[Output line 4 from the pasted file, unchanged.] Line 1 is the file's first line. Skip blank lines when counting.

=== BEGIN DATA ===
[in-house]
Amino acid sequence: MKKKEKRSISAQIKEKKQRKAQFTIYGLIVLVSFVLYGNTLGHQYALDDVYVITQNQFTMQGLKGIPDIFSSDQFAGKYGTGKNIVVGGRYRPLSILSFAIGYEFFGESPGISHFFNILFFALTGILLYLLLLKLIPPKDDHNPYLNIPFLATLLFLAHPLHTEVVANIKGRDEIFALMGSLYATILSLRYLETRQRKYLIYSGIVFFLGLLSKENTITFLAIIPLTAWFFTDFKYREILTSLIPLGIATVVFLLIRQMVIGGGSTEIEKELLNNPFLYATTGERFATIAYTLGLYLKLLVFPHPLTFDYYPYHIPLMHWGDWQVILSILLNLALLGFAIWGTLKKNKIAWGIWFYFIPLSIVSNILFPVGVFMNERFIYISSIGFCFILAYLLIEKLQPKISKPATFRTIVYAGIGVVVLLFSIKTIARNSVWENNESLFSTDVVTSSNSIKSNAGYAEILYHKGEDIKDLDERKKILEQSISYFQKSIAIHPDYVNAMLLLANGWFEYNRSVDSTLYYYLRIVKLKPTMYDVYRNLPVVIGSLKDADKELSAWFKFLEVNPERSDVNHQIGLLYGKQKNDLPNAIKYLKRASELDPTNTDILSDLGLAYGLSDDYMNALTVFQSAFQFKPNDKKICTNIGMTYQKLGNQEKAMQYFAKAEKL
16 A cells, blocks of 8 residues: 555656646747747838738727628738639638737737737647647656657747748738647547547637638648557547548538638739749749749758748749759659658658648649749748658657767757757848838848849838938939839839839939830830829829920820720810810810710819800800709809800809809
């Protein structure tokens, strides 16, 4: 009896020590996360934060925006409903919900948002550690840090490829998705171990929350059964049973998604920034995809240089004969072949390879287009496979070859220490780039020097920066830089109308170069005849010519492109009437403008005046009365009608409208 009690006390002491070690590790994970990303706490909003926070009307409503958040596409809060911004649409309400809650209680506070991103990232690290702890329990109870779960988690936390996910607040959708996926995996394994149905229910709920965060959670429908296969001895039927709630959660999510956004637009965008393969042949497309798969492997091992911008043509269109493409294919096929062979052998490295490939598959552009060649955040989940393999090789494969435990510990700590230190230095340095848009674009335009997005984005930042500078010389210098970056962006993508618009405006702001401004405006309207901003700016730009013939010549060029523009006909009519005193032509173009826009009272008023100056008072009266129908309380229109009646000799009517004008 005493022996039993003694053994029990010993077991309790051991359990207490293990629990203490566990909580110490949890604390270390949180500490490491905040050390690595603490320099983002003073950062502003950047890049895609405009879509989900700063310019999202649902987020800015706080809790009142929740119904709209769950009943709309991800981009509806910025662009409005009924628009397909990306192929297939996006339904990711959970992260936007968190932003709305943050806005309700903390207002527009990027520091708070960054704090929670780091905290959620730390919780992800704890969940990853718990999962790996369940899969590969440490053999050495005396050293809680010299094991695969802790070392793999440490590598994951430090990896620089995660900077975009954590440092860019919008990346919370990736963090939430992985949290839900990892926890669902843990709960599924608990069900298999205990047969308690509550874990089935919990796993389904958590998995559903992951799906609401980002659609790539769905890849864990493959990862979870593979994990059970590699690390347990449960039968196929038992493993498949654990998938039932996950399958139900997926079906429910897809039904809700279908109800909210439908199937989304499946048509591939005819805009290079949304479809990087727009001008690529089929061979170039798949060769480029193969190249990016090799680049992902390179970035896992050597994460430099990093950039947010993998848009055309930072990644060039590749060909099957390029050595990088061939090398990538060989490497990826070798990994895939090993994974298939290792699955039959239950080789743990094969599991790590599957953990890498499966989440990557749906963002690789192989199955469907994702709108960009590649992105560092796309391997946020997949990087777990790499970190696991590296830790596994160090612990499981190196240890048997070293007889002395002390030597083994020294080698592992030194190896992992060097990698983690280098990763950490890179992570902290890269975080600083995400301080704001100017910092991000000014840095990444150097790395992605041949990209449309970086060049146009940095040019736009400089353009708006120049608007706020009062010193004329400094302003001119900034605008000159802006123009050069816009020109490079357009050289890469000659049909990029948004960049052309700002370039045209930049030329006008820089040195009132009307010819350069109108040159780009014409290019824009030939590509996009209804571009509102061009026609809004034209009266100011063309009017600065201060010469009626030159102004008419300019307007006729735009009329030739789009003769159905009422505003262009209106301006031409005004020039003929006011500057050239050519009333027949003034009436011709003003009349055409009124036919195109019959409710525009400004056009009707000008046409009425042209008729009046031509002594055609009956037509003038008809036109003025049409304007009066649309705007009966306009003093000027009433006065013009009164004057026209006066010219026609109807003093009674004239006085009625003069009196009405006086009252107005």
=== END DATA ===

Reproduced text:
């Protein structure tokens, strides 16, 4: 009896020590996360934060925006409903919900948002550690840090490829998705171990929350059964049973998604920034995809240089004969072949390879287009496979070859220490780039020097920066830089109308170069005849010519492109009437403008005046009365009608409208 009690006390002491070690590790994970990303706490909003926070009307409503958040596409809060911004649409309400809650209680506070991103990232690290702890329990109870779960988690936390996910607040959708996926995996394994149905229910709920965060959670429908296969001895039927709630959660999510956004637009965008393969042949497309798969492997091992911008043509269109493409294919096929062979052998490295490939598959552009060649955040989940393999090789494969435990510990700590230190230095340095848009674009335009997005984005930042500078010389210098970056962006993508618009405006702001401004405006309207901003700016730009013939010549060029523009006909009519005193032509173009826009009272008023100056008072009266129908309380229109009646000799009517004008 005493022996039993003694053994029990010993077991309790051991359990207490293990629990203490566990909580110490949890604390270390949180500490490491905040050390690595603490320099983002003073950062502003950047890049895609405009879509989900700063310019999202649902987020800015706080809790009142929740119904709209769950009943709309991800981009509806910025662009409005009924628009397909990306192929297939996006339904990711959970992260936007968190932003709305943050806005309700903390207002527009990027520091708070960054704090929670780091905290959620730390919780992800704890969940990853718990999962790996369940899969590969440490053999050495005396050293809680010299094991695969802790070392793999440490590598994951430090990896620089995660900077975009954590440092860019919008990346919370990736963090939430992985949290839900990892926890669902843990709960599924608990069900298999205990047969308690509550874990089935919990796993389904958590998995559903992951799906609401980002659609790539769905890849864990493959990862979870593979994990059970590699690390347990449960039968196929038992493993498949654990998938039932996950399958139900997926079906429910897809039904809700279908109800909210439908199937989304499946048509591939005819805009290079949304479809990087727009001008690529089929061979170039798949060769480029193969190249990016090799680049992902390179970035896992050597994460430099990093950039947010993998848009055309930072990644060039590749060909099957390029050595990088061939090398990538060989490497990826070798990994895939090993994974298939290792699955039959239950080789743990094969599991790590599957953990890498499966989440990557749906963002690789192989199955469907994702709108960009590649992105560092796309391997946020997949990087777990790499970190696991590296830790596994160090612990499981190196240890048997070293007889002395002390030597083994020294080698592992030194190896992992060097990698983690280098990763950490890179992570902290890269975080600083995400301080704001100017910092991000000014840095990444150097790395992605041949990209449309970086060049146009940095040019736009400089353009708006120049608007706020009062010193004329400094302003001119900034605008000159802006123009050069816009020109490079357009050289890469000659049909990029948004960049052309700002370039045209930049030329006008820089040195009132009307010819350069109108040159780009014409290019824009030939590509996009209804571009509102061009026609809004034209009266100011063309009017600065201060010469009626030159102004008419300019307007006729735009009329030739789009003769159905009422505003262009209106301006031409005004020039003929006011500057050239050519009333027949003034009436011709003003009349055409009124036919195109019959409710525009400004056009009707000008046409009425042209008729009046031509002594055609009956037509003038008809036109003025049409304007009066649309705007009966306009003093000027009433006065013009009164004057026209006066010219026609109807003093009674004239006085009625003069009196009405006086009252107005």